How To Get Your Customers To Say ‘Yes’


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You have targeted the right demographic, promoted the right product and got your visitors to express interest in the product. Yet, there can still be many a slip between signing up a lead and actually making the purchase.

One of the biggest challenges in converting an interested lead into a customer is not the price or even the product. It is the trust deficit. Does your customer trust you enough to pay you for your product or service? Do they believe in the quality of what you offer and more importantly, do they trust you to be there for them in case the product or service did not work as advertised?

Charles Green in his Forbes column calls trust “the new core of leadership”. He points out that trust is a relationship that needs both the trustor and the trustee to align. The role of the trustor is to take risks and that of the trustee is to be trustworthy. Trust breaks down if either one of them fails. As a business owner, you are the trustee and there are several ways to establish yourself as a trustworthy provider:

    Provide easy to reach 24×7 support that customers can reach out to at any time
    Provide decision-making powers to support staff to take decisions without having to escalate
    Devise a clear and consistent returns/refund policy
    Have a clear pricing policy with no hidden charges
    Establish a marketing strategy that does not involve gimmicks

This is by no means a comprehensive list, but you get the idea. When you have a transparent policy, customers trust businesses better and transact more freely.

But while trust is the core essence to any business transaction, that may alone not be sufficient to persuade a customer to say ‘yes’. According to Dr. Robert Cialdini, the author of the book “Influence: The Psychology of Persuasion”, there are six core tactics that are most critical for successful persuasion. He lists them out as Reciprocation, Consistency, Social Proof, Liking, Authority and Scarcity.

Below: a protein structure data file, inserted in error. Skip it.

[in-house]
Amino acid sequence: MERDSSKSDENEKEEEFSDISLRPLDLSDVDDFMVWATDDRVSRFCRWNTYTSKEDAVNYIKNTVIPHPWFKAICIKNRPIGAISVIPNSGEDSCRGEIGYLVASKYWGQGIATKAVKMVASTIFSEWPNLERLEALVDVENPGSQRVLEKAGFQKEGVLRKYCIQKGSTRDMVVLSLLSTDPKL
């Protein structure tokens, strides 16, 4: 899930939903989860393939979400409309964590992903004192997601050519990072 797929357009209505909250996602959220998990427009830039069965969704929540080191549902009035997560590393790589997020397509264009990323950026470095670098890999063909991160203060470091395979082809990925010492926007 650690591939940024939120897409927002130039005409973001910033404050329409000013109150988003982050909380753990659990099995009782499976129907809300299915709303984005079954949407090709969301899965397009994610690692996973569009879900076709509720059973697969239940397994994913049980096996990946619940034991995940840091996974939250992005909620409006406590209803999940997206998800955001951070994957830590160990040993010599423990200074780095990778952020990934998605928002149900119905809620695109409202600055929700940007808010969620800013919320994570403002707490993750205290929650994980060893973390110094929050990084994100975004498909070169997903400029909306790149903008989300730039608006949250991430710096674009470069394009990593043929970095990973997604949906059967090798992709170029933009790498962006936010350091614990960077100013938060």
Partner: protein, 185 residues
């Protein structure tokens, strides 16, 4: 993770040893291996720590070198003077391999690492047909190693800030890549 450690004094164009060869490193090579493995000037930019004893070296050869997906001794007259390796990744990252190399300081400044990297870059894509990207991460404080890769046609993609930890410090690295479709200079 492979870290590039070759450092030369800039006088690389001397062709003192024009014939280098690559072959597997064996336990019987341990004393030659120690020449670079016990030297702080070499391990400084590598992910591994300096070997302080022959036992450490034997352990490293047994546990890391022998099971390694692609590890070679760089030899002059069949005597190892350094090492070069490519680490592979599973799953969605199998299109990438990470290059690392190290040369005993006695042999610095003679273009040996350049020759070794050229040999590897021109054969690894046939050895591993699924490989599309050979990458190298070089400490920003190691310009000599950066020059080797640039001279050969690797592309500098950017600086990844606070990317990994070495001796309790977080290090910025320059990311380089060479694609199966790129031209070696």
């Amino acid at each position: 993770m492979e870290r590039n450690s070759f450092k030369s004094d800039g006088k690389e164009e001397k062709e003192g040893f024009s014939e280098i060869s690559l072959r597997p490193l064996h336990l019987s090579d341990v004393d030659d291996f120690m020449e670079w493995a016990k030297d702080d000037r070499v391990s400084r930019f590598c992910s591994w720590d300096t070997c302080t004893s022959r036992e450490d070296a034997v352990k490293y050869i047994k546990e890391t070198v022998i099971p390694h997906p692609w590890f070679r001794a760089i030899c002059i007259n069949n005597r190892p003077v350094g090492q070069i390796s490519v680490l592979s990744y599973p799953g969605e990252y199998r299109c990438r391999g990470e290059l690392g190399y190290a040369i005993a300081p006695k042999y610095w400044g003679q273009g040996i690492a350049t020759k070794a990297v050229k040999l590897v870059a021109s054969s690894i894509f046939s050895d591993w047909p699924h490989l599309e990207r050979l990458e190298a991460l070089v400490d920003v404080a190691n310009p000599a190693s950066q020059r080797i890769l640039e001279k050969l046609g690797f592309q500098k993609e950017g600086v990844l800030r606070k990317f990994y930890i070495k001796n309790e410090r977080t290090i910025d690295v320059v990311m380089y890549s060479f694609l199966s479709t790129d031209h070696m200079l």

In short, customers feel obliged to transact with you when you provide them with a favor. The best example of this is the free samples that grocers give out at their stores. Committing to consistency is critical to establishing trust. So is providing social proof that everyone is buying your product convinces your customers to buy from you as well.

Among the tactics that Cialdini has listed out, perhaps the most important element for a business is establishing authority. Why should a customer heed to your claims over those made by your competitor? While Cialdini points out that using people in authority (like doctors, professors) make the claim for you works, this may not apply for all kinds of business.

As a general rule, one of the best ways to establish authority is by establishing a medium of communication with your customers and try to provide them solutions in the industry you cater to. Do you sell toothpastes? How about a monthly column in a popular magazine where you advise on dental care? Are you a restaurant owner? How about organizing local food events.

When your business becomes the go-to authority for your industry, customers are more likely to trust you, which in turn helps them make their purchasing decisions quicker.


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